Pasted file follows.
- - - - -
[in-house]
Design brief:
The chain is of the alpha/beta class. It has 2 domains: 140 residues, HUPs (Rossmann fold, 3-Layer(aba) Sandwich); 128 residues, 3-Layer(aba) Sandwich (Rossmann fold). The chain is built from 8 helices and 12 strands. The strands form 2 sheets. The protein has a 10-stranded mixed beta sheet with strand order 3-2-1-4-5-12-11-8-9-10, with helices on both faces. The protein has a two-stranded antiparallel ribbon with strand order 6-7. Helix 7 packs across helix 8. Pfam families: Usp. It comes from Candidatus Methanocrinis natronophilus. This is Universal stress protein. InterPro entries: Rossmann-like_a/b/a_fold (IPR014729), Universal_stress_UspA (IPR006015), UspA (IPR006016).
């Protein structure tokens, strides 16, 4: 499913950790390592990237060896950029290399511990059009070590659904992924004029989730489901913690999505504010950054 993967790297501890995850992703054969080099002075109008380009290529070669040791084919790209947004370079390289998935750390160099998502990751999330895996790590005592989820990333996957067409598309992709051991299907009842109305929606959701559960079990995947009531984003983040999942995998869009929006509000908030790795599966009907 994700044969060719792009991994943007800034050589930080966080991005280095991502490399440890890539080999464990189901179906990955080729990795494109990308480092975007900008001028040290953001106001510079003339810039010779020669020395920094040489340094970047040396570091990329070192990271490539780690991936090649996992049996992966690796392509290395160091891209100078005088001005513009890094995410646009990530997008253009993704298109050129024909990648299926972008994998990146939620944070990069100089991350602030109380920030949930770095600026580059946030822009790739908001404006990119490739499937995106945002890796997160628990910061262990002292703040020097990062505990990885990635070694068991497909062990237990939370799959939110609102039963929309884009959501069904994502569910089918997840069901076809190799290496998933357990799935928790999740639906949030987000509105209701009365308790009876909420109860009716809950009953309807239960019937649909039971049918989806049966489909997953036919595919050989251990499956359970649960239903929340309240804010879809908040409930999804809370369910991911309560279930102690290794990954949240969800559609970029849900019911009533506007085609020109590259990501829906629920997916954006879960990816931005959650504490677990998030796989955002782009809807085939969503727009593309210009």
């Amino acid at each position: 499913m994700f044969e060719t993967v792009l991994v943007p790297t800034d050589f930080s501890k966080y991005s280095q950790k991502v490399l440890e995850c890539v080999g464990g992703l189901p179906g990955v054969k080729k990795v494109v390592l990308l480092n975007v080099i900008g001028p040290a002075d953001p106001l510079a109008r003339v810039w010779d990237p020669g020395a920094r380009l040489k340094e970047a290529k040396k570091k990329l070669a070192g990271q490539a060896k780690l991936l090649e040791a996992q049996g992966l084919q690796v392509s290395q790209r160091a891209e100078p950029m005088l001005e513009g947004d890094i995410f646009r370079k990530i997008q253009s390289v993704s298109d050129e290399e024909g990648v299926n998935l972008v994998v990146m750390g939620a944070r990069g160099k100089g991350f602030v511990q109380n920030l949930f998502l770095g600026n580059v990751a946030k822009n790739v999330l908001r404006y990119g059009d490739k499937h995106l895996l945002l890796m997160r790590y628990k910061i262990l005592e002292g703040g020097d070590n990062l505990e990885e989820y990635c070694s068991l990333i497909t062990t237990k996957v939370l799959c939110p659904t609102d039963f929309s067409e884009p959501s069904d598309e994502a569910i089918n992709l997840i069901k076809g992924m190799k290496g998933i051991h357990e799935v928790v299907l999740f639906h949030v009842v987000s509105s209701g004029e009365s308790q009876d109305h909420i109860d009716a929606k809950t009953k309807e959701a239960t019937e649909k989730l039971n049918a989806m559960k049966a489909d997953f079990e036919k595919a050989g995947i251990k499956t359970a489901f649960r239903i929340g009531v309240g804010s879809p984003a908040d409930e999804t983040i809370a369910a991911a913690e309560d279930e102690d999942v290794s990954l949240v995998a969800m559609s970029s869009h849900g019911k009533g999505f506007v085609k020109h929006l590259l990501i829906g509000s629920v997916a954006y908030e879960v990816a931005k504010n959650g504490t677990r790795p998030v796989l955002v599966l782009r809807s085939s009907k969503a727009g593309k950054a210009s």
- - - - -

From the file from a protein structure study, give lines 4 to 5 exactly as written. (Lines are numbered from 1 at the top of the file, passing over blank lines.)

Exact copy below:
């Protein structure tokens, strides 16, 4: 499913950790390592990237060896950029290399511990059009070590659904992924004029989730489901913690999505504010950054 993967790297501890995850992703054969080099002075109008380009290529070669040791084919790209947004370079390289998935750390160099998502990751999330895996790590005592989820990333996957067409598309992709051991299907009842109305929606959701559960079990995947009531984003983040999942995998869009929006509000908030790795599966009907 994700044969060719792009991994943007800034050589930080966080991005280095991502490399440890890539080999464990189901179906990955080729990795494109990308480092975007900008001028040290953001106001510079003339810039010779020669020395920094040489340094970047040396570091990329070192990271490539780690991936090649996992049996992966690796392509290395160091891209100078005088001005513009890094995410646009990530997008253009993704298109050129024909990648299926972008994998990146939620944070990069100089991350602030109380920030949930770095600026580059946030822009790739908001404006990119490739499937995106945002890796997160628990910061262990002292703040020097990062505990990885990635070694068991497909062990237990939370799959939110609102039963929309884009959501069904994502569910089918997840069901076809190799290496998933357990799935928790999740639906949030987000509105209701009365308790009876909420109860009716809950009953309807239960019937649909039971049918989806049966489909997953036919595919050989251990499956359970649960239903929340309240804010879809908040409930999804809370369910991911309560279930102690290794990954949240969800559609970029849900019911009533506007085609020109590259990501829906629920997916954006879960990816931005959650504490677990998030796989955002782009809807085939969503727009593309210009």
């Amino acid at each position: 499913m994700f044969e060719t993967v792009l991994v943007p790297t800034d050589f930080s501890k966080y991005s280095q950790k991502v490399l440890e995850c890539v080999g464990g992703l189901p179906g990955v054969k080729k990795v494109v390592l990308l480092n975007v080099i900008g001028p040290a002075d953001p106001l510079a109008r003339v810039w010779d990237p020669g020395a920094r380009l040489k340094e970047a290529k040396k570091k990329l070669a070192g990271q490539a060896k780690l991936l090649e040791a996992q049996g992966l084919q690796v392509s290395q790209r160091a891209e100078p950029m005088l001005e513009g947004d890094i995410f646009r370079k990530i997008q253009s390289v993704s298109d050129e290399e024909g990648v299926n998935l972008v994998v990146m750390g939620a944070r990069g160099k100089g991350f602030v511990q109380n920030l949930f998502l770095g600026n580059v990751a946030k822009n790739v999330l908001r404006y990119g059009d490739k499937h995106l895996l945002l890796m997160r790590y628990k910061i262990l005592e002292g703040g020097d070590n990062l505990e990885e989820y990635c070694s068991l990333i497909t062990t237990k996957v939370l799959c939110p659904t609102d039963f929309s067409e884009p959501s069904d598309e994502a569910i089918n992709l997840i069901k076809g992924m190799k290496g998933i051991h357990e799935v928790v299907l999740f639906h949030v009842v987000s509105s209701g004029e009365s308790q009876d109305h909420i109860d009716a929606k809950t009953k309807e959701a239960t019937e649909k989730l039971n049918a989806m559960k049966a489909d997953f079990e036919k595919a050989g995947i251990k499956t359970a489901f649960r239903i929340g009531v309240g804010s879809p984003a908040d409930e999804t983040i809370a369910a991911a913690e309560d279930e102690d999942v290794s990954l949240v995998a969800m559609s970029s869009h849900g019911k009533g999505f506007v085609k020109h929006l590259l990501i829906g509000s629920v997916a954006y908030e879960v990816a931005k504010n959650g504490t677990r790795p998030v796989l955002v599966l782009r809807s085939s009907k969503a727009g593309k950054a210009s």